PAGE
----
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Language and meaning, studies in Hebrew language and biblical exegesis :…

by James Barr

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" ... Etymology must somehow have some value for the understanding of biblical language, and I myself had granted this. If etymological study, then, is not to be totally rejected, we should try to say something more precise about its value and demarcate more exactly the line that separates its proper use from its misuse. We may begin, then, by summarizing three general reasons which appear to favour the continuing importance of etymology: a. It is not in dispute that etymology is in principle a valid form of study and that it can furnish valuable insights into the history and the background of words. b. Etymology is particularly important for the identification and elucidation of rare words and hapax legomena. The Hebrew Bible has many such reare words, and thes can often be elucidated only through comparison with words in Ugaritic, Akkadian, Arabic and other congnate languages; this was expressly admitted by me in Semantics. c. Etymology is not something confined to the modern world. On the contrary, the etymological consciousness was already very strong in ancient world, and notably so in the milieu of the Bible, of early Judaism and of early Christianity."--Etymology and the Old Testament / James Barr.… (more)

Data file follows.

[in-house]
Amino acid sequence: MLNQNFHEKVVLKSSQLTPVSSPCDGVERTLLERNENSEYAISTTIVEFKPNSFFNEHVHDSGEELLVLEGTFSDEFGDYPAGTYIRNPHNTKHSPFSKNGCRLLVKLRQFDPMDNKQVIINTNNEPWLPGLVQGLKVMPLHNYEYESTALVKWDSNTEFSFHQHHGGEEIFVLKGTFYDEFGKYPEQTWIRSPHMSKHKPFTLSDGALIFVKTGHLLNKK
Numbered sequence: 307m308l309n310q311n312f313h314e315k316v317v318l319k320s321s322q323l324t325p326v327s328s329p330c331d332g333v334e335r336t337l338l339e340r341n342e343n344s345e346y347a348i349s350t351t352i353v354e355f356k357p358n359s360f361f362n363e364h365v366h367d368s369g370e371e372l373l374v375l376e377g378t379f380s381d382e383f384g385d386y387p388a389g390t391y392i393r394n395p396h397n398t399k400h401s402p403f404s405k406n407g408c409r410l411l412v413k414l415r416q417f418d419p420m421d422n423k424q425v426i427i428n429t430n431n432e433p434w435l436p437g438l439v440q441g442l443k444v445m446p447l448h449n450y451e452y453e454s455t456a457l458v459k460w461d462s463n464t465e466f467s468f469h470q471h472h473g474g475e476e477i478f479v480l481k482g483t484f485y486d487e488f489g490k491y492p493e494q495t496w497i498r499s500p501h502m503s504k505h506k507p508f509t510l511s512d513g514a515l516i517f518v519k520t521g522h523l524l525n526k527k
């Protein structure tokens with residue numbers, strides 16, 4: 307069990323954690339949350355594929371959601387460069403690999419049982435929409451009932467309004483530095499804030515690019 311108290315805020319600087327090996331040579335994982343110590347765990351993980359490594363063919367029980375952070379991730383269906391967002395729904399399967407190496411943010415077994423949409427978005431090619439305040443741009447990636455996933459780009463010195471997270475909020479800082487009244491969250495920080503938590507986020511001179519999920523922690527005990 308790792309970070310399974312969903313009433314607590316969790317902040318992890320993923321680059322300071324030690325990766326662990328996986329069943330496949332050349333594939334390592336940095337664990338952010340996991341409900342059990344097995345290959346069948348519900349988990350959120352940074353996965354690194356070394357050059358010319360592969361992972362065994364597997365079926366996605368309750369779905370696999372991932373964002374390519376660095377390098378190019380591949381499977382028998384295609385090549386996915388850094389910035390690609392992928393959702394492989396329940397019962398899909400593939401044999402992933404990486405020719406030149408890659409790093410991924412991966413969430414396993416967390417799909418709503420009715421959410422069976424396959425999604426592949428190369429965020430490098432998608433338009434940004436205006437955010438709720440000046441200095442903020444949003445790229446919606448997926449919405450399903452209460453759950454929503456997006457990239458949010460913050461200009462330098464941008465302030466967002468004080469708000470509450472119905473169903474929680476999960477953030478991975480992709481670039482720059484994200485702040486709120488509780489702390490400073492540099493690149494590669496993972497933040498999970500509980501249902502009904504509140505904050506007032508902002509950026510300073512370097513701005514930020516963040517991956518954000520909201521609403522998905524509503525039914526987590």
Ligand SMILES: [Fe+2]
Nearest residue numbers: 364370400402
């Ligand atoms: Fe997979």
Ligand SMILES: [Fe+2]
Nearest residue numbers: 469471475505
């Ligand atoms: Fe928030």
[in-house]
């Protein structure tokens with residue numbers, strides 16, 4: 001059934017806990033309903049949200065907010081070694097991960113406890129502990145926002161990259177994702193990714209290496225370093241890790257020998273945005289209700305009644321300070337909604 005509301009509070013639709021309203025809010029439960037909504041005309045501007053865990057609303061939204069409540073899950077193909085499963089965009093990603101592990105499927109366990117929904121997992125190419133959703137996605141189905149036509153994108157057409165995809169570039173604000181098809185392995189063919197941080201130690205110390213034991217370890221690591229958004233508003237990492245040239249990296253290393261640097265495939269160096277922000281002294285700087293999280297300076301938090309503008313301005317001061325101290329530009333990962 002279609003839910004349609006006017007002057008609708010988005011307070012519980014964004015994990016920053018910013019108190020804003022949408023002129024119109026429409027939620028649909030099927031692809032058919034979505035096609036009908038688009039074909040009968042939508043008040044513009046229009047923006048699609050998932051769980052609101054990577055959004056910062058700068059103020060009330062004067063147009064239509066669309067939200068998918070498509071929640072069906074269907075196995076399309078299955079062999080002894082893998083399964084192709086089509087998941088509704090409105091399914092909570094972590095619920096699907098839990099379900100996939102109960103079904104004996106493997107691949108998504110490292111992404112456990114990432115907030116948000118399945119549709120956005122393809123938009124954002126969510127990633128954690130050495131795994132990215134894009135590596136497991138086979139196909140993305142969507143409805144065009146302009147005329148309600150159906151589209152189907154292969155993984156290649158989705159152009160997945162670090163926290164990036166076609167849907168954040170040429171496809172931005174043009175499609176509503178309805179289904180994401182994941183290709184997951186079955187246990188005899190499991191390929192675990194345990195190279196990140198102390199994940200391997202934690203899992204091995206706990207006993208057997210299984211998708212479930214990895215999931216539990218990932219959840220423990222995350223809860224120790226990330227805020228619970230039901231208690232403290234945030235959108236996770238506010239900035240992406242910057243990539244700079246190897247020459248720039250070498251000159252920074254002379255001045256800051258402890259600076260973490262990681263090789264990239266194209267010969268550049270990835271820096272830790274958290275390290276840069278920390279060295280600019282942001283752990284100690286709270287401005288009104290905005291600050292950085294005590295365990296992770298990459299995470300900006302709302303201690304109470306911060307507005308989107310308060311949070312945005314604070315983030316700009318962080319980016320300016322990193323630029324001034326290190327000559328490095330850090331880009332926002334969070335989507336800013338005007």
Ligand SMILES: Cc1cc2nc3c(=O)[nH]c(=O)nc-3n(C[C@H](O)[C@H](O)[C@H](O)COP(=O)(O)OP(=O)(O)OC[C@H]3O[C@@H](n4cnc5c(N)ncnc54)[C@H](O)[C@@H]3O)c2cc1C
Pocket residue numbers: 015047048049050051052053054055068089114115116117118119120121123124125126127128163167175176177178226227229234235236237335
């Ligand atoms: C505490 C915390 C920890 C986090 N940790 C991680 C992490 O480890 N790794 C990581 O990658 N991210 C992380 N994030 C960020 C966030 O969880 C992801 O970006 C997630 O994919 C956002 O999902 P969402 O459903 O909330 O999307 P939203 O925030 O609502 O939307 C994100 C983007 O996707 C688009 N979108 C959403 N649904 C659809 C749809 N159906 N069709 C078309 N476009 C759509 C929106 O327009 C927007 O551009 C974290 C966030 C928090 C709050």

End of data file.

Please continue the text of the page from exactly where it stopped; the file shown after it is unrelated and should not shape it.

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" ... Etymology must somehow have some value for the understanding of biblical language, and I myself had granted this. If etymological study, then, is not to be totally rejected, we should try to say something more precise about its value and demarcate more exactly the line that separates its proper use from its misuse. We may begin, then, by summarizing three general reasons which appear to favour the continuing importance of etymology: a. It is not in dispute that etymology is in principle a valid form of study and that it can furnish valuable insights into the history and the background of words. b. Etymology is particularly important for the identification and elucidation of rare words and hapax legomena. The Hebrew Bible has many such reare words, and thes can often be elucidated only through comparison with words in Ugaritic, Akkadian, Arabic and other congnate languages; this was expressly admitted by me in Semantics. c. Etymology is not something confined to the modern world. On the contrary, the etymological consciousness was already very strong in ancient world, and notably so in the milieu of the Bible, of early Judaism and of early Christianity."--Etymology and the Old Testament / James Barr.

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